Order in the Court
After extensive renovation including wood floor restoration, the Victorian era court room in Monmouthshire, situated in Usk Sessions House, has been reopened to the public. The court room, which cost £200,000 to restore to its former lustre, will be used as a base for the local council and will also be available to be licensed out as a venue in which to hold wedding ceremonies. It took 12 years to raise enough money – through grants and various fundraising activities – to have the court room restored to its old self after having been purchased by Usk Town Council from Monmouthshire Town Council back in 1998.
The Sessions House, which was the brainchild of Victorian designer Thomas Wyatt, opened in 1877 and served as a court room until its closure over a century later in 1995. Aside from electric lighting, the new, restored court house is essentially exactly the same as it was when it first opened in the Victorian era, with woodwork polished and restored and extensive work carried out on wood floor repairs.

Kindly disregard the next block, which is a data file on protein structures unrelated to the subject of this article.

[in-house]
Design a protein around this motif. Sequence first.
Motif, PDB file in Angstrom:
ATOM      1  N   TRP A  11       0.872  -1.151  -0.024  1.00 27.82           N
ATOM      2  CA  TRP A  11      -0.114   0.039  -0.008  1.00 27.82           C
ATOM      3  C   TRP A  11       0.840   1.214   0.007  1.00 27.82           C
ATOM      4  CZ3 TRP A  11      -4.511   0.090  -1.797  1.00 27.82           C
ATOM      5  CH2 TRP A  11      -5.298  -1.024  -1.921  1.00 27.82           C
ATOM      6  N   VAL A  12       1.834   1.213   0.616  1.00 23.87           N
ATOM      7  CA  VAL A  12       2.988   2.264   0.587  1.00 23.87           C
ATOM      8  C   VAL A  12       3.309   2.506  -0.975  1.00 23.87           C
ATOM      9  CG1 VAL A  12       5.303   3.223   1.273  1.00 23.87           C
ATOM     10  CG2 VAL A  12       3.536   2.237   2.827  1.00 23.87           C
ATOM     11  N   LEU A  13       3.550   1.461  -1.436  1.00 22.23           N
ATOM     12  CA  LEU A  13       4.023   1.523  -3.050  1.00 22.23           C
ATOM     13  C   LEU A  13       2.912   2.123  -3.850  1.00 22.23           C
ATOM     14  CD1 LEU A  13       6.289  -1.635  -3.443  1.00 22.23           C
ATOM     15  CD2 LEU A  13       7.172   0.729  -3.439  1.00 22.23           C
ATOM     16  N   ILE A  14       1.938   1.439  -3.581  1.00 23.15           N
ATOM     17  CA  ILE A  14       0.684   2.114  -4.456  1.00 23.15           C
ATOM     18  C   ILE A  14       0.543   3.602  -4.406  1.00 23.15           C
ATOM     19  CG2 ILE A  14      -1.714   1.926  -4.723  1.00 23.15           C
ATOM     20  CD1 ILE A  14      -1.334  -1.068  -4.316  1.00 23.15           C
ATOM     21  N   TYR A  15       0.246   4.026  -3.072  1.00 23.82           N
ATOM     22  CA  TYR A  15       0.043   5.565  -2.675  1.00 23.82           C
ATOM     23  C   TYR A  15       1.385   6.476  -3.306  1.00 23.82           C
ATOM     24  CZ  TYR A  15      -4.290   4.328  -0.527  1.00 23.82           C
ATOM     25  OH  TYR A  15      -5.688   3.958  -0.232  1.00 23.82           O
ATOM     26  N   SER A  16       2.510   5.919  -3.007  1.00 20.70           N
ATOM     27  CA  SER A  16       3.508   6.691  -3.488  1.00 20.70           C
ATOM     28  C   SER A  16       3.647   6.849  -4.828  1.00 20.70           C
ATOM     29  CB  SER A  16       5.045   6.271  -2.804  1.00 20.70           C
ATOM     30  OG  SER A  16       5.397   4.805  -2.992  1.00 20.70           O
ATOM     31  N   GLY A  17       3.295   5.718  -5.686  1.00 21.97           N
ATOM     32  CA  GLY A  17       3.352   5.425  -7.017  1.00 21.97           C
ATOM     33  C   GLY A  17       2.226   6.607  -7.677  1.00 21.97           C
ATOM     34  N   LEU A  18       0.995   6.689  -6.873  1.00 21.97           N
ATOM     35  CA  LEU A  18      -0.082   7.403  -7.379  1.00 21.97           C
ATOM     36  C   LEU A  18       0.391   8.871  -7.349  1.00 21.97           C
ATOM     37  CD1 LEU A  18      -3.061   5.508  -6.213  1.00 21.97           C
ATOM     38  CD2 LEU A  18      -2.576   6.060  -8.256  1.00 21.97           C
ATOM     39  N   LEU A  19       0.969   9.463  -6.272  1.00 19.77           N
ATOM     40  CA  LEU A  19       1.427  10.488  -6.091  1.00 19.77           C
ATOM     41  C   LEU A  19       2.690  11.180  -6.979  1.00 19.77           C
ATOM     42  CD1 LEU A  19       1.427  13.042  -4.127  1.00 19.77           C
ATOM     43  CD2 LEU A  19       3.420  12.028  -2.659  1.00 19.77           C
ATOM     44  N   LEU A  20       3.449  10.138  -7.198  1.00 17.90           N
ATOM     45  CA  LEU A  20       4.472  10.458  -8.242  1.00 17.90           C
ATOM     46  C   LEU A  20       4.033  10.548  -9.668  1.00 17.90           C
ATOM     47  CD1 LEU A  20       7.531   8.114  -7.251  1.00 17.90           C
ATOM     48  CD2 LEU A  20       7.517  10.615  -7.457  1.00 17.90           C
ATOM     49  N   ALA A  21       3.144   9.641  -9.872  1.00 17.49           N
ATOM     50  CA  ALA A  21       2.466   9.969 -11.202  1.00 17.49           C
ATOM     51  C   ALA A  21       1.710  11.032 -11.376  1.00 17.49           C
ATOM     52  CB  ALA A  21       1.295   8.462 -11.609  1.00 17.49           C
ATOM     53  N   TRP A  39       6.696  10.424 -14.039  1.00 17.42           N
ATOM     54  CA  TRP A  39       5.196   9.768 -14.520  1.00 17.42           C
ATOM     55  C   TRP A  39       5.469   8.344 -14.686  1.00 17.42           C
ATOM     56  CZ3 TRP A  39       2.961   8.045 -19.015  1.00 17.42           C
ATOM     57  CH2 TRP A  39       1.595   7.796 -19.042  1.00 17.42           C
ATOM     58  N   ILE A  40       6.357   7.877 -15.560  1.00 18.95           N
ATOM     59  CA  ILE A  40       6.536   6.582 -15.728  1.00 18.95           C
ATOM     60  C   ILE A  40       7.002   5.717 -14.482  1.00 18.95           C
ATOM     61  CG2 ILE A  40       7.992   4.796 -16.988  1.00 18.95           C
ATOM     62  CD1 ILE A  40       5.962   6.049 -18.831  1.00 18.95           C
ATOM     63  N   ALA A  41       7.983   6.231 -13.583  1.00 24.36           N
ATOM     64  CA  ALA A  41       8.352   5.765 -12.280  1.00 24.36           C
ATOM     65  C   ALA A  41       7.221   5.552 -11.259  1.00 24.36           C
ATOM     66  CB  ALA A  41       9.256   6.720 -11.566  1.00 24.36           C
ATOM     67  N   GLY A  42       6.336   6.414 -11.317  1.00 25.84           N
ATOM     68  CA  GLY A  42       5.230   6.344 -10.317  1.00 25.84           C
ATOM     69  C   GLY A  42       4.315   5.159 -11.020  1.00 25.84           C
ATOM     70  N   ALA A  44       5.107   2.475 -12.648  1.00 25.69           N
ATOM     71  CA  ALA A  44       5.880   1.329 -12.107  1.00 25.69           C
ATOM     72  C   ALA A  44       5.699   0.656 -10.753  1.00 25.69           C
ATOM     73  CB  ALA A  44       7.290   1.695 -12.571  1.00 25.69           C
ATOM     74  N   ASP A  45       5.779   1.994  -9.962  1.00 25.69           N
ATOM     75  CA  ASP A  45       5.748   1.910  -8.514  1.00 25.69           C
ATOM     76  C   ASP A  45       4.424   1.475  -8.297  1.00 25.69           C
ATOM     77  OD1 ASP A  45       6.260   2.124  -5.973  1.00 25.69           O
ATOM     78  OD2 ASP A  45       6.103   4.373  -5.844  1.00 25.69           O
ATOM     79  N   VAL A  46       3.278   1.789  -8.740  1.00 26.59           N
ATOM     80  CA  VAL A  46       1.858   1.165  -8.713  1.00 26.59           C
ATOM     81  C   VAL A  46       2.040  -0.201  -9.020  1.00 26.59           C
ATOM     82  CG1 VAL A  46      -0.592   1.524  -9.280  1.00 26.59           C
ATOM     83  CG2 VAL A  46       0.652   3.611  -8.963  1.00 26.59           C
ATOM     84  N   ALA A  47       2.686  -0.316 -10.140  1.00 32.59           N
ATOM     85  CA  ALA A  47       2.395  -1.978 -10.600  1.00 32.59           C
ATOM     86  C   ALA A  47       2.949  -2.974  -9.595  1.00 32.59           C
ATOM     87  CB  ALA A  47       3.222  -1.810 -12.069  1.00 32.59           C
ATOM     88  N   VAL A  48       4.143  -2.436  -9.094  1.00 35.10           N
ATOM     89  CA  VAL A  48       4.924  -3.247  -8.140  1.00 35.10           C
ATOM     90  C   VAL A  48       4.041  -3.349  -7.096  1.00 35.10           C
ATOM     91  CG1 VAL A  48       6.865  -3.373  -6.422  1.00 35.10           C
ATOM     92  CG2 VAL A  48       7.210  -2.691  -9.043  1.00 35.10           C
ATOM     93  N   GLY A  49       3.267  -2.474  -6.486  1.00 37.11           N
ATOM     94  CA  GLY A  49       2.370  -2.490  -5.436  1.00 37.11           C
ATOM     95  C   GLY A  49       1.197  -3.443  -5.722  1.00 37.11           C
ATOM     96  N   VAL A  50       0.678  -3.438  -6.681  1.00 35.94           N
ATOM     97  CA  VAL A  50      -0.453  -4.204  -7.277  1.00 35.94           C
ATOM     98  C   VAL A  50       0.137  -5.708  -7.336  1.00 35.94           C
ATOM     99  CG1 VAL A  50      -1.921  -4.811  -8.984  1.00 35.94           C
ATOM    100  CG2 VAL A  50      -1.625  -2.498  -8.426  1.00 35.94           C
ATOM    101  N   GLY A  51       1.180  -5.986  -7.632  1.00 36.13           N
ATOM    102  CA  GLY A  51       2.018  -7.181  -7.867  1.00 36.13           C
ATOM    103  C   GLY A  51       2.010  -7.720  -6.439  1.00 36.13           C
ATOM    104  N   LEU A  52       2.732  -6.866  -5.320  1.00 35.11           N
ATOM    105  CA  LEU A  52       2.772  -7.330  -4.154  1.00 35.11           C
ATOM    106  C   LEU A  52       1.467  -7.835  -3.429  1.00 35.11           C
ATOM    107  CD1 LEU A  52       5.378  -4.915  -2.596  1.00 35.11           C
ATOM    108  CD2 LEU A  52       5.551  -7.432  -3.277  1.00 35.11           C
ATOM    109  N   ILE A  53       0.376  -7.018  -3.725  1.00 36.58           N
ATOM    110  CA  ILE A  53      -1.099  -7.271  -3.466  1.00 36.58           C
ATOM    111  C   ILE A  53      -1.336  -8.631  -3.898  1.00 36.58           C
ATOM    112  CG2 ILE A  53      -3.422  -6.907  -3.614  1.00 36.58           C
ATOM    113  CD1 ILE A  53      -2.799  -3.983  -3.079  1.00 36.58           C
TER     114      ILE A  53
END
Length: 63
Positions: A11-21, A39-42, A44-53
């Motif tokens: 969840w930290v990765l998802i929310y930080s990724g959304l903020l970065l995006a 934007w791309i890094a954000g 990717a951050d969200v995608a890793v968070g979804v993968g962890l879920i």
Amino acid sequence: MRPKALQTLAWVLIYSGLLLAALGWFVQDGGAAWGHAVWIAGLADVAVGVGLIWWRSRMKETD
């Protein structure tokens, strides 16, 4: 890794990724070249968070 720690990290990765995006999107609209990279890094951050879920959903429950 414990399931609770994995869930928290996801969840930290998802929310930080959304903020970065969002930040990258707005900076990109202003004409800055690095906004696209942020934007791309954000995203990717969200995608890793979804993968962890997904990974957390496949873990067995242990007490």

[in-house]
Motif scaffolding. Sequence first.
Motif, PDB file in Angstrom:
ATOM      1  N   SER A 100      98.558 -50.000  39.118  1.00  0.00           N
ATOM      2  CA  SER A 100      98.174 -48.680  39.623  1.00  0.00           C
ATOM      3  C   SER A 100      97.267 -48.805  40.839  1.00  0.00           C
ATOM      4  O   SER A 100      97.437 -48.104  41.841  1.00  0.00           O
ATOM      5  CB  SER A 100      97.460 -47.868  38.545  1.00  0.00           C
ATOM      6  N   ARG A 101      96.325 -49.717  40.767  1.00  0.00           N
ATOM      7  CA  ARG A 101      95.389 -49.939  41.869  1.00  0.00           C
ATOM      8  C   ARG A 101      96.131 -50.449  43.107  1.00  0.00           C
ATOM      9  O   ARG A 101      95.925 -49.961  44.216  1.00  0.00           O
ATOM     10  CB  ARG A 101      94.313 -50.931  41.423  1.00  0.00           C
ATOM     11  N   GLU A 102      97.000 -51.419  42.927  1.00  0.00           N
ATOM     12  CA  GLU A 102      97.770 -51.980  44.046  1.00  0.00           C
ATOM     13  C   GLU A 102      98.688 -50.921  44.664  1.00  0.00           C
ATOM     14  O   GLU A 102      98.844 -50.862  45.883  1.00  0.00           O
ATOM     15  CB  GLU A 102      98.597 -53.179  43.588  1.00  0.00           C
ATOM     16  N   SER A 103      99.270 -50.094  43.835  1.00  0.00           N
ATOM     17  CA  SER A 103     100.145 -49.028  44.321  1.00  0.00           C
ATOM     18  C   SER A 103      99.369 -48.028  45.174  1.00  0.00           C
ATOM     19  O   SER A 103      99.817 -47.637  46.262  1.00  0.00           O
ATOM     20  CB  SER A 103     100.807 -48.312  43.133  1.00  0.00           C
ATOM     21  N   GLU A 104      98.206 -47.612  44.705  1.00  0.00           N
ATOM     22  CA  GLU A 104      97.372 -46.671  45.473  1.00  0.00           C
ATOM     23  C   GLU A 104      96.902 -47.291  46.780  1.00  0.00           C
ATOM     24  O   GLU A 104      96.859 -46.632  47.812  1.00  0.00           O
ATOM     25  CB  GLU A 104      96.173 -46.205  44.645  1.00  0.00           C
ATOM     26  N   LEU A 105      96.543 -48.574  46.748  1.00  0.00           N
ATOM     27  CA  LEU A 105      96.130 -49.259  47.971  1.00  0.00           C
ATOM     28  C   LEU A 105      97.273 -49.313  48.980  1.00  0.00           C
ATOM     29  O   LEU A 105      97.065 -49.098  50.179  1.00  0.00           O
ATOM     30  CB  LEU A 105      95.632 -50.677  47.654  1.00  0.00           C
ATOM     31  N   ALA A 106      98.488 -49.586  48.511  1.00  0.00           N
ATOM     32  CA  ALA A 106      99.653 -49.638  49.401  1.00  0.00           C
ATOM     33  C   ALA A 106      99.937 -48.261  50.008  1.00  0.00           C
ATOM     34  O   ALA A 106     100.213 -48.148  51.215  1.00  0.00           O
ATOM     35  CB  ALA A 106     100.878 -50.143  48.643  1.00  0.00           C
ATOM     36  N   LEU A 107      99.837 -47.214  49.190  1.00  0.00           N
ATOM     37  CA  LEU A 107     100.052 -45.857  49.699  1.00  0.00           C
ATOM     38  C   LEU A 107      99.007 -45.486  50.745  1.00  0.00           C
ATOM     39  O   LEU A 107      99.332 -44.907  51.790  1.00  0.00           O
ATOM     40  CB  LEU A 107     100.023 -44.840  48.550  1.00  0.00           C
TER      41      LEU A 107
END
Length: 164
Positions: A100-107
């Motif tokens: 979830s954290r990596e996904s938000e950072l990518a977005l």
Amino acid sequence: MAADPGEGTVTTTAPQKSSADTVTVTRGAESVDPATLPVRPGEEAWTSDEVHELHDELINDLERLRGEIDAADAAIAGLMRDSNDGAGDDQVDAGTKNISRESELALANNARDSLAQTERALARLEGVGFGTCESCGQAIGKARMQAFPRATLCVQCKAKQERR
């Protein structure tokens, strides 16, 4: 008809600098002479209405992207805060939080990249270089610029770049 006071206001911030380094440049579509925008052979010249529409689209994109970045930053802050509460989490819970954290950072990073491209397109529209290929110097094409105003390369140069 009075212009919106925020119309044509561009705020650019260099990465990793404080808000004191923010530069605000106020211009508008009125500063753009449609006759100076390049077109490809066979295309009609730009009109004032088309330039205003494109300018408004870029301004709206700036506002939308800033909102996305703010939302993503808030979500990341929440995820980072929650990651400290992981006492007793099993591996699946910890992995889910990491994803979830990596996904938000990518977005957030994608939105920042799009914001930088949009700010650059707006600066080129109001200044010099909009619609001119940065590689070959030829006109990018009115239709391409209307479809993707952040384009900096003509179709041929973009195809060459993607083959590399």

“The walls of the court room were painted cream, we researched how the court room would have looked in Victorian times and the walls have now been repainted a beautiful rich shade of red” says the manager of the renovation project, Jenny Mee, who is also the Town Clerk. “It compliments the portraits of the former Quarter Sessions judges which hang on the walls.”
The Sessions House is thought to be one of only a very few Victorian era court rooms still existing in the United Kingdom.